Book review: The Lius of Shanghai, by Sherman Cochran and Andrew Hsieh
The Lius of Shanghai
by Sherman Cochran and Andrew Hsieh
Harvard University Press
"At that moment I felt that the fire of war had burned its way to the front door of my own home." These were the words of the sixth son of a wealthy Shanghai family when the Japanese army attacked the city in August 1937 in one of the most intense battles of world history.
They come from an excellent book, The Lius of Shanghai, written by two American professors of Chinese history: it is based on 2,000 letters between members of a rich and powerful Shanghai family, the Lius, in Chinese and English. The authors, Sherman Cochran, Hu Shih professor of Chinese history at Cornell University, and Andrew Hsieh, professor of Chinese history at Grinnell College, gained access to a collection containing a lifetime of letters exchanged by the parents and children; rarely has such a large collection been made available to scholars.
Parts one and two are set in the late 1920s and '30s, a period of open-ness when Chinese could travel freely at home and abroad. Part three is the Sino-Japanese war of 1937-45, and part four is the communist revolution.
Liu Hongsheng (1888-1956) had an industrial empire that produced matches, woollens, cotton textiles, cement and briquettes. He and his wife gave an international education to almost all of their 12 children - nine boys and three girls.
His life spanned a period of revolutionary upheaval. His family and his business were at the centre of this change, in the economic capital of China, and as owners of wealth and substantial businesses coveted by others. The story has international dimensions because the children went abroad to live and study, and had choices not available to most Chinese.
The sixth son is a good example: in 1931, he went to Japan to study and learn business. He stayed with a host family to whom he became attached; he succeeded at everything - learning Japanese, studying at a major university and an apprenticeship at a cement factory. He became attached to his "second homeland" and was devastated by its invasion of China.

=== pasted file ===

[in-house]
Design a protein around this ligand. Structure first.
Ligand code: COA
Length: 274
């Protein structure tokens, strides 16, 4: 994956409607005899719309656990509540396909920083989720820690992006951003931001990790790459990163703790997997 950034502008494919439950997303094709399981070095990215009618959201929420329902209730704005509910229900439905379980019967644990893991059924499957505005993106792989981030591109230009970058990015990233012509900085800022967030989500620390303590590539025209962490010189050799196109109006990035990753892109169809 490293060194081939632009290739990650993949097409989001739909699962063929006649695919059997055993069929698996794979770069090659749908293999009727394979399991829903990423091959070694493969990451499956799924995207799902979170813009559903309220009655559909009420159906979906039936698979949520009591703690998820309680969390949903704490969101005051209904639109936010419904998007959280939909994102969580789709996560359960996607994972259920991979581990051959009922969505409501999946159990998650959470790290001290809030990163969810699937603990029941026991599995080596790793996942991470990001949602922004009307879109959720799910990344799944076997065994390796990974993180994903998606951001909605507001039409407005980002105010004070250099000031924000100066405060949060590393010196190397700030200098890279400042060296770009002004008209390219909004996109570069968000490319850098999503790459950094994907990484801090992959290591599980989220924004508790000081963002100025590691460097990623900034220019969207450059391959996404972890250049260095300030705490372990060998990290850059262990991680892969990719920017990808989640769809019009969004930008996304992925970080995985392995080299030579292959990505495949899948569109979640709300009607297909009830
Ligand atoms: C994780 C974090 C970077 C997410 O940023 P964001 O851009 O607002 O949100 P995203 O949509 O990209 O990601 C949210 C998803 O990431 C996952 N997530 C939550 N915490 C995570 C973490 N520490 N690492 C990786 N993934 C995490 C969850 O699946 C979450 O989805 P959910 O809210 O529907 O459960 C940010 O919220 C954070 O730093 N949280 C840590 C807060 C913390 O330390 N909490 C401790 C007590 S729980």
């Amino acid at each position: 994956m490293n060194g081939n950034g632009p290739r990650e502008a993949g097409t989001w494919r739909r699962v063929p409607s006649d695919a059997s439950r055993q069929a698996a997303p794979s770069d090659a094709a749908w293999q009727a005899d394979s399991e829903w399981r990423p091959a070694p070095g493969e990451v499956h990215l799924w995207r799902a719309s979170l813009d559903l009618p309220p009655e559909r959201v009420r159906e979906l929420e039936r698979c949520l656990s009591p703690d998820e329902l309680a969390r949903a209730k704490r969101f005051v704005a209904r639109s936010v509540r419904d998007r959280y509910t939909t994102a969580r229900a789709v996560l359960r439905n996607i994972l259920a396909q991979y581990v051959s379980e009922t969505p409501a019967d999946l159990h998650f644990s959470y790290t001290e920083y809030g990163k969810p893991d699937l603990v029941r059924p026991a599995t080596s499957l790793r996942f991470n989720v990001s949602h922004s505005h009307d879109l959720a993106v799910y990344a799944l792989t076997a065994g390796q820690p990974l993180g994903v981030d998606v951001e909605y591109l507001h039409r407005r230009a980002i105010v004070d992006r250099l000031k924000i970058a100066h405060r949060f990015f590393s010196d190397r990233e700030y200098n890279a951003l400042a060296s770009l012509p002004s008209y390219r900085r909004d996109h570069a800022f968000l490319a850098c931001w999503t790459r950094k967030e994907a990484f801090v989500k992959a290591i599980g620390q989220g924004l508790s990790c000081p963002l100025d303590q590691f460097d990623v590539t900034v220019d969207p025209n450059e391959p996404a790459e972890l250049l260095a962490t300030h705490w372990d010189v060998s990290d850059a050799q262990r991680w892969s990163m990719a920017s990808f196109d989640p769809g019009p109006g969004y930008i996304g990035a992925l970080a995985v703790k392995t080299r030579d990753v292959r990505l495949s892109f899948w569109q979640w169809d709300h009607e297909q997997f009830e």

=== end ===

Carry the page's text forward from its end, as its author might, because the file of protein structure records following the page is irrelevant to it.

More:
His despair helped to convert him to Christianity. "My absolute trust and faith in God has brought forth the trust and faith in myself as well as in our final victory over Japan," he wrote to his family. Later he joined the Communist Party - which he kept a secret from his family and friends for more than 30 years, not making it public until the 1970s.
During the war, like other entrepreneurs in occupied areas, the family faced bitter decisions about whether to operate their businesses under the Japanese-backed government or abandon them.
In 1947, the family was reunited in Shanghai, except for one son, and all but one of the sons held jobs related to the family business.
But as the communists conquered north and central China, Liu had again to consider his future. Initially, he moved some of his assets to Taiwan but, after the failure of the government's gold yuan reform and bad treatment of Shanghai capitalists, decided to move to Hong Kong.
Liu's wife and most of his children stayed in Shanghai when he left for Hong Kong in May 1949.
The letters provide a wealth of detail about the family, their wealth, the personal relations between them and the lives of those who studied and lived abroad. It is this wealth of detail that gives the book its richness and authenticity.